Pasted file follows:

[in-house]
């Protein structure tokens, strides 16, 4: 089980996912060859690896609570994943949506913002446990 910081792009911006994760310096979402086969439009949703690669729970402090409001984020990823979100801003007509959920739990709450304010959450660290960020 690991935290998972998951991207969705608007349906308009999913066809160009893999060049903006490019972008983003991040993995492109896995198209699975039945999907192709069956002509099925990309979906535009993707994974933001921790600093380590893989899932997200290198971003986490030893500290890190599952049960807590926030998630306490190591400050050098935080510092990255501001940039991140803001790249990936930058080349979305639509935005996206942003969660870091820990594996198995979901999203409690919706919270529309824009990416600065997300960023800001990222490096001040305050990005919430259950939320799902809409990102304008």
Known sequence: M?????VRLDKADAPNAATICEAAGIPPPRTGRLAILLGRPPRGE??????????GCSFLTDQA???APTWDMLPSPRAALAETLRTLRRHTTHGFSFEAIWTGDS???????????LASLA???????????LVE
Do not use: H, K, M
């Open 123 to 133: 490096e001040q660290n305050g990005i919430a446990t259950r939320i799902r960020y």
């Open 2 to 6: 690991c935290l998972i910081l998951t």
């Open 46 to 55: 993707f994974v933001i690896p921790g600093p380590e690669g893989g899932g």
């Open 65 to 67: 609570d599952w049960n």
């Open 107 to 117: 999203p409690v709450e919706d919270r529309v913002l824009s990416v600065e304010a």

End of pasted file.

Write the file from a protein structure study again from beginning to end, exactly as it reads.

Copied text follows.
[in-house]
């Protein structure tokens, strides 16, 4: 089980996912060859690896609570994943949506913002446990 910081792009911006994760310096979402086969439009949703690669729970402090409001984020990823979100801003007509959920739990709450304010959450660290960020 690991935290998972998951991207969705608007349906308009999913066809160009893999060049903006490019972008983003991040993995492109896995198209699975039945999907192709069956002509099925990309979906535009993707994974933001921790600093380590893989899932997200290198971003986490030893500290890190599952049960807590926030998630306490190591400050050098935080510092990255501001940039991140803001790249990936930058080349979305639509935005996206942003969660870091820990594996198995979901999203409690919706919270529309824009990416600065997300960023800001990222490096001040305050990005919430259950939320799902809409990102304008």
Known sequence: M?????VRLDKADAPNAATICEAAGIPPPRTGRLAILLGRPPRGE??????????GCSFLTDQA???APTWDMLPSPRAALAETLRTLRRHTTHGFSFEAIWTGDS???????????LASLA???????????LVE
Do not use: H, K, M
């Open 123 to 133: 490096e001040q660290n305050g990005i919430a446990t259950r939320i799902r960020y």
């Open 2 to 6: 690991c935290l998972i910081l998951t």
């Open 46 to 55: 993707f994974v933001i690896p921790g600093p380590e690669g893989g899932g």
């Open 65 to 67: 609570d599952w049960n």
């Open 107 to 117: 999203p409690v709450e919706d919270r529309v913002l824009s990416v600065e304010a």